Entrée, Side, Fall, Gluten Free, Spring


sprouted kitchen
sprouted kitchen

I'm not cynical enough to believe that people don't keep their New Years resolutions. I admit to giving an eye roll with the regulars in my pilates class. It's true. It will be crowded for the next two months and then go back to normal, but setting goals is never a bad thing. It's motivating to make a promise to yourself and follow it through with your best intentions. To believe you are capable... which is sometimes the toughest part. This year, Hugh and I continued a tradition we started a few years back. We bundle up and head to the top of the highest hill in town that looks out at the Pacific coastline. It's our spot. It is the place we got engaged and also the home of our new-year-goal-sharing-session. I will chalk it up to the most vulnerable conversation we have all year. Sharing your hopes and dreams, maybe dissapointments from the year past, with the person who matters most to you, can be a heavy moment. Heavy in a way that fills your soul. 

Earlier in the day, I sectioned my lined paper into six categories and tried to use my best hand writing to make note of the big things I hope for 2013. And I don't use the term big lightly. My list didn't have things like learning to salsa dance or loose five pounds (not that those aren't respectable goals), it was composed of huge markers like buying a house, going on a big trip to Europe in the spring, starting another book and other such things. It almost felt like a fake list when I looked at it. It scares me just as much as it motivates me. This year we will strive to check the items off both of our lists. Maybe none of them. Maybe all of them if I can push the fear out of my head. Either way, while life continues to build on itself, it feels good to start fresh with an entire sparkly new year ahead.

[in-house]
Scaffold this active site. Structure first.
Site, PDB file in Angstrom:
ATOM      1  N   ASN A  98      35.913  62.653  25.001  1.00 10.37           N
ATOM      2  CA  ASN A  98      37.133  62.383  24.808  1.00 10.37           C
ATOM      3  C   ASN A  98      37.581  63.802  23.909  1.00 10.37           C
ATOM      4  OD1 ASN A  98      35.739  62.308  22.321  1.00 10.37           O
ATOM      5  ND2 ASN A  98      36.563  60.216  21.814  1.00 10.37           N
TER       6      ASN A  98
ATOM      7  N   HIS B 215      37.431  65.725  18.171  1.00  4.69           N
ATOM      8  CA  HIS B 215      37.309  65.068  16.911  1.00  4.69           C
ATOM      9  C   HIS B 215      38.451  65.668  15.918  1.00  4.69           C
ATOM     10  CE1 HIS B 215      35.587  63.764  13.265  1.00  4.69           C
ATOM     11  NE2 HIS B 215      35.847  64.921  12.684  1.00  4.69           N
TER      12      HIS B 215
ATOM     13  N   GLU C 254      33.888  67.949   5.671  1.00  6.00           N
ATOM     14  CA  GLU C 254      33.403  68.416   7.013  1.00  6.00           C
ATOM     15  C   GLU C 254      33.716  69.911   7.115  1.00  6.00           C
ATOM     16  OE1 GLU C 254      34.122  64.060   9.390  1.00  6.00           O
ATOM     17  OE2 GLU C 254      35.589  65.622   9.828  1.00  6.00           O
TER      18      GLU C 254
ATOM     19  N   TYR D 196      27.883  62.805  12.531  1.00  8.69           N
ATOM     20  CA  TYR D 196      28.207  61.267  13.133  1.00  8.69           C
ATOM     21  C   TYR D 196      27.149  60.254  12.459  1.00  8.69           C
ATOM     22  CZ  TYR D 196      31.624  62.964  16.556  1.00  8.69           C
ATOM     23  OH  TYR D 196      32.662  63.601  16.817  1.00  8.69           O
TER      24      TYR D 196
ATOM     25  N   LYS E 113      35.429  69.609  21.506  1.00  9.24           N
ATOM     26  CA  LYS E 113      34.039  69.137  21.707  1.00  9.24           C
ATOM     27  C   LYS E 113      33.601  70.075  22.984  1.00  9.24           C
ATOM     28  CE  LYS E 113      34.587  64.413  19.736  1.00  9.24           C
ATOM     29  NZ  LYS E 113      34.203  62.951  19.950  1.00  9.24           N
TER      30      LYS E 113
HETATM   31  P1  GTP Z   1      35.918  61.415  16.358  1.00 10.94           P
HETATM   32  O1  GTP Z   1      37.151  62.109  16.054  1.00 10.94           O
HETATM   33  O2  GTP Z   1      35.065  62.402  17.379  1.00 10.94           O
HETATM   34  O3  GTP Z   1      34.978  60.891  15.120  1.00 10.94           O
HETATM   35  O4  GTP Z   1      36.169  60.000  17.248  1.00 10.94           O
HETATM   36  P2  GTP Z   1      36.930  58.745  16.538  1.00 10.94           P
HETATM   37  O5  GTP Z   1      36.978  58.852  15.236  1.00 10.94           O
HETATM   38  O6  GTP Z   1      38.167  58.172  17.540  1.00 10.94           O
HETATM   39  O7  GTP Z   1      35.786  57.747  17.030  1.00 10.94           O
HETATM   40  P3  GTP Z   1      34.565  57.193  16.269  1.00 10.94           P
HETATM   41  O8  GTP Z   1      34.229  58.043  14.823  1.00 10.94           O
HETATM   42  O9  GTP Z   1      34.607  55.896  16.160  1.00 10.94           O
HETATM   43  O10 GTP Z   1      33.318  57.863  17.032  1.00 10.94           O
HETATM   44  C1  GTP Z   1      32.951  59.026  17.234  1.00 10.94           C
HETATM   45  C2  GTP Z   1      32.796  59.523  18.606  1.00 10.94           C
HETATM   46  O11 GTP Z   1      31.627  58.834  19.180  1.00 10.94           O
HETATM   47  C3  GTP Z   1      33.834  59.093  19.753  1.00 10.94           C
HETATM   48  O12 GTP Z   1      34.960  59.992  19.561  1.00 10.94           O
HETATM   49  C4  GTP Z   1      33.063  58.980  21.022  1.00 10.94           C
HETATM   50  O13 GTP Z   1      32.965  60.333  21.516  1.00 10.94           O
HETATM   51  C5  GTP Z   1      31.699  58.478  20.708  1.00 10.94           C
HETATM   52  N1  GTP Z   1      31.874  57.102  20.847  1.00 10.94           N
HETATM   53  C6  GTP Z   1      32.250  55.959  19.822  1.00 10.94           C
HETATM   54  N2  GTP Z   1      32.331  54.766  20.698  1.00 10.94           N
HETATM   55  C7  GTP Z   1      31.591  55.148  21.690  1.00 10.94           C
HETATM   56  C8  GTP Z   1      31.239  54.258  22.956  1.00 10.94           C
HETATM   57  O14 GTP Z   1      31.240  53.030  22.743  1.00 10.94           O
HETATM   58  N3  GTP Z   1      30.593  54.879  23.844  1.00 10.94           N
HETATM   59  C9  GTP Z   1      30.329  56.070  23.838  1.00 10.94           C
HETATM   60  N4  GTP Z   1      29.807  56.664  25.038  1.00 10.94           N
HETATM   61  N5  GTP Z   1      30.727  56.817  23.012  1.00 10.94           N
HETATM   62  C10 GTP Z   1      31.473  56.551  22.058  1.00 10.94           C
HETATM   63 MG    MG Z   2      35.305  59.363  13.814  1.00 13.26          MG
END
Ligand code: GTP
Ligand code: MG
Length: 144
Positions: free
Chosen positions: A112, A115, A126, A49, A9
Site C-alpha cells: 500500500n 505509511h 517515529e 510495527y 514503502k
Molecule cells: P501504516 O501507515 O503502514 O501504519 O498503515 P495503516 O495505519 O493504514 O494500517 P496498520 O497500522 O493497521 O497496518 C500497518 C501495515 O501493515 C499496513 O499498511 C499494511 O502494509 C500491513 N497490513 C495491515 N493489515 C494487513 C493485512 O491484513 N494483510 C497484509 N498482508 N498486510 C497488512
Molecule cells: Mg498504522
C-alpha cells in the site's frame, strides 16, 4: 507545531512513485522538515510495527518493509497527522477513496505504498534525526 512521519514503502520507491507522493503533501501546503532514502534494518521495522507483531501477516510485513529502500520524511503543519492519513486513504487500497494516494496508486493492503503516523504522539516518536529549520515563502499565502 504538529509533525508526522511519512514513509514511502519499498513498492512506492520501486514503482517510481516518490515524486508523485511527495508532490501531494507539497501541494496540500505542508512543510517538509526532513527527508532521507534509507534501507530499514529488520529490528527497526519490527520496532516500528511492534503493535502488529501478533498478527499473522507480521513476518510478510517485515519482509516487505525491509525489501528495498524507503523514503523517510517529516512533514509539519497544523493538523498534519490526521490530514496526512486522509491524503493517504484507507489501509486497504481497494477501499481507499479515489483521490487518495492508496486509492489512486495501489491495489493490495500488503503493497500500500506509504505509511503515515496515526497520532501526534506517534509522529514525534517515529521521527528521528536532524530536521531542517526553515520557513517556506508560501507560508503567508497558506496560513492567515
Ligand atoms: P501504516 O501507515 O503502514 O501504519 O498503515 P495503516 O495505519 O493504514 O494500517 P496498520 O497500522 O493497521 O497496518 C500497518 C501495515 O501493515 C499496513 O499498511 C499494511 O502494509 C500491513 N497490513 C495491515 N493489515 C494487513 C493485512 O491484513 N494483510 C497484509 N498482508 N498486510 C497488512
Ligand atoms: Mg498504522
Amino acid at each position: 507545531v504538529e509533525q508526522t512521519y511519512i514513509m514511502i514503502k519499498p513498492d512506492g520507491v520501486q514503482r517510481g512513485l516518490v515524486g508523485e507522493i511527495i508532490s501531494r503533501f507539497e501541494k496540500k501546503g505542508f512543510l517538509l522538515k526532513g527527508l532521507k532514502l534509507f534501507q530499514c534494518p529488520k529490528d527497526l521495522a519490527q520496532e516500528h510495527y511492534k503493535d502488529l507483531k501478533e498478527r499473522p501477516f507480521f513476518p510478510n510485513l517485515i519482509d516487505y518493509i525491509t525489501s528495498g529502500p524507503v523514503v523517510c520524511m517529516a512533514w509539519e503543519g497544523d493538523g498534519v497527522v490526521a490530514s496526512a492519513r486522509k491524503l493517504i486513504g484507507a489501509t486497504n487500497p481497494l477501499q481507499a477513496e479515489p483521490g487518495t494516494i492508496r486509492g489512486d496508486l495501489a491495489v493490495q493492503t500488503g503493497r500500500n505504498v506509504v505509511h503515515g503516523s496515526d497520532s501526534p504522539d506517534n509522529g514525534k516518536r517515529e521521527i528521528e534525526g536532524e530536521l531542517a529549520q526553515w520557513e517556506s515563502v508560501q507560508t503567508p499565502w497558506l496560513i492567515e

On the subject of lots of people at pilates, I believe it is the season for light salads. The one here is creamy from the tahini dressing and naturally sweet with the beets and carrots. If you're keeping away from dairy, tahini is the answer to a craving for creamy dressing. It's the perfect kind of thing to make a little extra of so you can pack it for lunch the next day.

I intended to write a whole foods focused detox plan for the site, but I waited too long. January is on its way and Hugh dug up my whipped cream maker and while we're finding reason to top anything slightly appropriate with the stuff, writing a detox plan just didn't feel right at the moment. I contributed to the Action Plan that comes out in Whole Living this month, and I am completely behind how they design their detox plan, so pick up the January/February issue and take a peek at that if you are looking for ideas. 

Dream big. Eat lettuce. I'm coming for you, 2013. 

sprouted kitchen
sprouted kitchen


Inspired by Grace Parisi at Food + Wine

I changed the original recipe around because I had already roasted a bushel of beets (both red and yellow, hence the bleeding coloration of the beets in the photo). My recipe below reflects using beets that are already roasted, but you can click back to the original if you want to start with raw, baby beets. I also used full sized carrots and cut them down to a similar size of a young carrot. 

  • 1/2 Tbsp. butter
  • 2 Tbsp. extra virgin olive oil
  • 2 large yellow beets, roasted and peeled, cut into 1/2'' wedges
  • 3 carrots, halved, large halves quartered if needed
  • sea salt + pepper
  • 2 tsp. honey
  • 3 Tbsp. white wine vinegar
  • 2 Tbsp. tahini
  • 1 Tbsp. orange or lemon juice
  • 1/4 cup finely chopped flat leaf parsley, divided
  • 1/2 tsp. ground cumin
  • 12 cups mixed baby lettuces
  • 1/3 cup cooked garbanzo beans, rinsed and drained
  • 2 Tbsp. toasted sesame seeds, white or black or mixed
sprouted kitchen
sprouted kitchen

In a skillet over medium heat, melt the butter in the olive oil. Add the carrots and beets and season with salt and pepper. Cover and cook over moderate heat, stirring once or twice, until the carrots are crisp-tender, about 5-6 minutes. Add the honey and 2 tablespoons of the vinegar and cook over moderate heat, stirring occasionally, until tender and lightly glazed, 2 to 3 minutes. Transfer the vegetables to a large bowl to cool.

Whisk the remaining tablespoon of vinegar, tahini and citrus into the skillet along with the cumin and a generous pinch of the chopped parsley.

Toss the baby lettuces, remaining parsley and garbanzos with a light coating of the tahini dressing. Plate the greens and top with the carrots, beets and sprinkle the sesame seeds. Serve immediately. 

* You can prepare the salad a day in advance by making the carrots and beets as directed, and keeping them covered in the fridge overnight. The dressing can also be kept covered in the fridge for up to a week. Toss everything and assemble just before serving. 

sprouted kitchen
sprouted kitchen